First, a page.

13 March 2011

rock on


These are covers from the first few vinyl albums I bought in the 1970's. I still own half of them and have all of them on CD in various formats. I occasionally play the Supertramp and Mott the Hoople but mostly they just take up shelf space. No matter, I not only listen to music, I collect it for the sake of collecting too.

Lately I have been ploughing through my Excel database and updating values (or at least replacement costs) for music. These days most mainstream CD albums can be bought for a tenner or less (ten Great British Pounds Sterling!) but I have plenty of less common pieces in my collection, maybe a quarter of which are no longer in print or at least not available in their original form.

Remember I'm talking about modern CDs here not crackling vinyl. You'd think the older something is the more costly it would be to replace... not so in the muic world. It's all about supply and demand. Sometimes an album is released with a limited print run and stocks disappear within a year. It's not always lesser-known bands this happens with. Take Bowie's "Ziggy Stardust" an album which has been around for almost 40 years and has seen more than a dozen releases with anniversary editions, remastering, new packaging and bonus tracks. In 2003 EMI put out a Super Audio CD version (SACD) which, as many will know, contains not only a stereo layer but also a 5.1 surround sound layer, all remixed using modern technology. Out of print for seven years, it will now set you back a cool $75.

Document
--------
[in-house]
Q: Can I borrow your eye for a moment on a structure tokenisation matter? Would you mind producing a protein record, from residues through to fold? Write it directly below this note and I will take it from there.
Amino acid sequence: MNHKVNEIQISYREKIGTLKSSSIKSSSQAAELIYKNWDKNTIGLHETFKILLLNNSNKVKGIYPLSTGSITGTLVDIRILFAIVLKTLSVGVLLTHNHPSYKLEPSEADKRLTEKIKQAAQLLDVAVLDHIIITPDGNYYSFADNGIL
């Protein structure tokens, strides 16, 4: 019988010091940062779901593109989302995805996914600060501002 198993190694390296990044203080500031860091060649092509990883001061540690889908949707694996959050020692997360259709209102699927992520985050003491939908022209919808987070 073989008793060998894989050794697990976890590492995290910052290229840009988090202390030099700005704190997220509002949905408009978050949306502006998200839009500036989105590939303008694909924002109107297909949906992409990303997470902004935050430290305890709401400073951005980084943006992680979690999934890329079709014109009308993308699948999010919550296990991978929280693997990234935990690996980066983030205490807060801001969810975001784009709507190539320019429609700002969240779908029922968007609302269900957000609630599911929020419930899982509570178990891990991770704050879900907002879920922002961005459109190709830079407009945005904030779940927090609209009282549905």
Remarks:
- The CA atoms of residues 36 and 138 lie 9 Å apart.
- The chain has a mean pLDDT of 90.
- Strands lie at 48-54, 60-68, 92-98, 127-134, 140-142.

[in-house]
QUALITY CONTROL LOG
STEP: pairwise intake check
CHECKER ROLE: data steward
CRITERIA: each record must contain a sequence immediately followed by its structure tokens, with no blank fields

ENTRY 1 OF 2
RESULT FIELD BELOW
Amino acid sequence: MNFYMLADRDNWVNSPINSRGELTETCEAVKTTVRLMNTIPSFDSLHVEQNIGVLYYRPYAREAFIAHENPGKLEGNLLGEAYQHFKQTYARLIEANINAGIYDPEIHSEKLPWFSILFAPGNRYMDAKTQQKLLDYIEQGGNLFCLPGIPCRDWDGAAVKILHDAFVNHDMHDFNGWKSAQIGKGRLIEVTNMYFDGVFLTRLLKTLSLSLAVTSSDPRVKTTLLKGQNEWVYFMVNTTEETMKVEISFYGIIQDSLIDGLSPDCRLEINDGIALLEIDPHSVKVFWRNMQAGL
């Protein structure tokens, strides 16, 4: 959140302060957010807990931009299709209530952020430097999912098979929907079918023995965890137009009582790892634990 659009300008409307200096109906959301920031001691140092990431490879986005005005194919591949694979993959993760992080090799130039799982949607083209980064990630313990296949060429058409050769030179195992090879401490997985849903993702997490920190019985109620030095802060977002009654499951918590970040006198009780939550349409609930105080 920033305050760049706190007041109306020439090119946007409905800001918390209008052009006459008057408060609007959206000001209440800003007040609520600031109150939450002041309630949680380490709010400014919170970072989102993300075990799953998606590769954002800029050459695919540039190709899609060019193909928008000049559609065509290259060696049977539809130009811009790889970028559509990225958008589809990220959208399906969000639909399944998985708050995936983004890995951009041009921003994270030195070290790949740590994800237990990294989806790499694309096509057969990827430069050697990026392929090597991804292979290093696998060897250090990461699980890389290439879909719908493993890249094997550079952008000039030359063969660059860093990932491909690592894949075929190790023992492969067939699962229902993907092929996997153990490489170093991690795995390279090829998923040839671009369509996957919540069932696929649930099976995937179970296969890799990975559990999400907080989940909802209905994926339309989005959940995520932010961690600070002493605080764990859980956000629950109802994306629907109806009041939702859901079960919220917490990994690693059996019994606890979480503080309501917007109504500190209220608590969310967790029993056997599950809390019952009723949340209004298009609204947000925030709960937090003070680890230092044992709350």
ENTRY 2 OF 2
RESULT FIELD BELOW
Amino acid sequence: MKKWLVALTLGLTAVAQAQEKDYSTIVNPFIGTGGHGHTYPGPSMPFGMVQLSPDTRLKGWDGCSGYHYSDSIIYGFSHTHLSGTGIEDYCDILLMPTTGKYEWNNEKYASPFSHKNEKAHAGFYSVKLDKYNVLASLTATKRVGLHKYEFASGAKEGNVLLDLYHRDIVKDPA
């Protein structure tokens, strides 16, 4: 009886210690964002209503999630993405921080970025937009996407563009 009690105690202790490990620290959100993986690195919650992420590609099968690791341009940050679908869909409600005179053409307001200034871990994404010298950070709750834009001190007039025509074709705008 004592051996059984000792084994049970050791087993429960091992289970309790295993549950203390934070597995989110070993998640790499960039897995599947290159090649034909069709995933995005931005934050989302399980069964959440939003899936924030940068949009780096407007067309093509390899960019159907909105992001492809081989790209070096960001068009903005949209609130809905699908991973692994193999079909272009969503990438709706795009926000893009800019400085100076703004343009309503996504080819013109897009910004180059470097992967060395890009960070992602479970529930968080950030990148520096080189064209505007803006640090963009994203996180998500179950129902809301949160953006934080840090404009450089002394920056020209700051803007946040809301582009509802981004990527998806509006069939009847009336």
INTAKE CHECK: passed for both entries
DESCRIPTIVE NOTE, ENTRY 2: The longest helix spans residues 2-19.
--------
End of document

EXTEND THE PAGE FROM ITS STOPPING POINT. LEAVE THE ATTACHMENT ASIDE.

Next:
It is alarming to find albums in my collection like Wizzard's "Eddy and the Falcons" commanding prices of $90, or Supertramp's live release "Is Everybody Listening" going for $40. The gorgeous Mott the Hoople Box set "Anthology" is impossible to find for under $200. The Libertines' 2003 single "Don't Look Back into the Sun" sells on eBay for $50. Ian Hunter's releases sold to a small cult market and I have a dozen or more that show up from resellers on Amazon at over $50 and his poorly received 1981 two-disc set "Short Back and Sides" can't be replaced for under $120. Green on Red's pairing of "Gas Food Lodging" with their eponymous first album will cost $40. Even mediocre reviews and ratings don't matter, it's rarity that counts.

Of course none of this is in the same league as pink vinyl pressings, picture discs or sleeve art printed in reverse by mistake but nevertheless time is passing and the seemingly ordinary is slowly becoming extraordinary.

3 comments:

Russell 'C.J.' Duffy said...

I had Bowie's "The Man Who Sold the World" album, it was then his third LP. I had the cover with him reclining on a chaise Loungue (is that how you spell it?) with a set of playing cards scattered on the rug before him. It cost me £3. I sold it (times are hard guv) for £300!!

Perfect Virgo said...

Yes that's the one. ('longue' I think). I have it on CD but it's not on any regular playlist.

A good investment there! I am so surprised at the crazy prices for recent CDs that have gone out of print.

Elena said...

Wow, you're Ziggy Stardust Album sure brings back memories of the copy I once had. Unfortunately I sold most of my vinyl collection after college, opting to use the pittance I received on purchasing jazz, classical, and the likes of Talking Heads and Phillip Glass etc.. How stupid was I!! And come to think of it, I sold my entire Beatles collection. Now that's just plain pathetic!!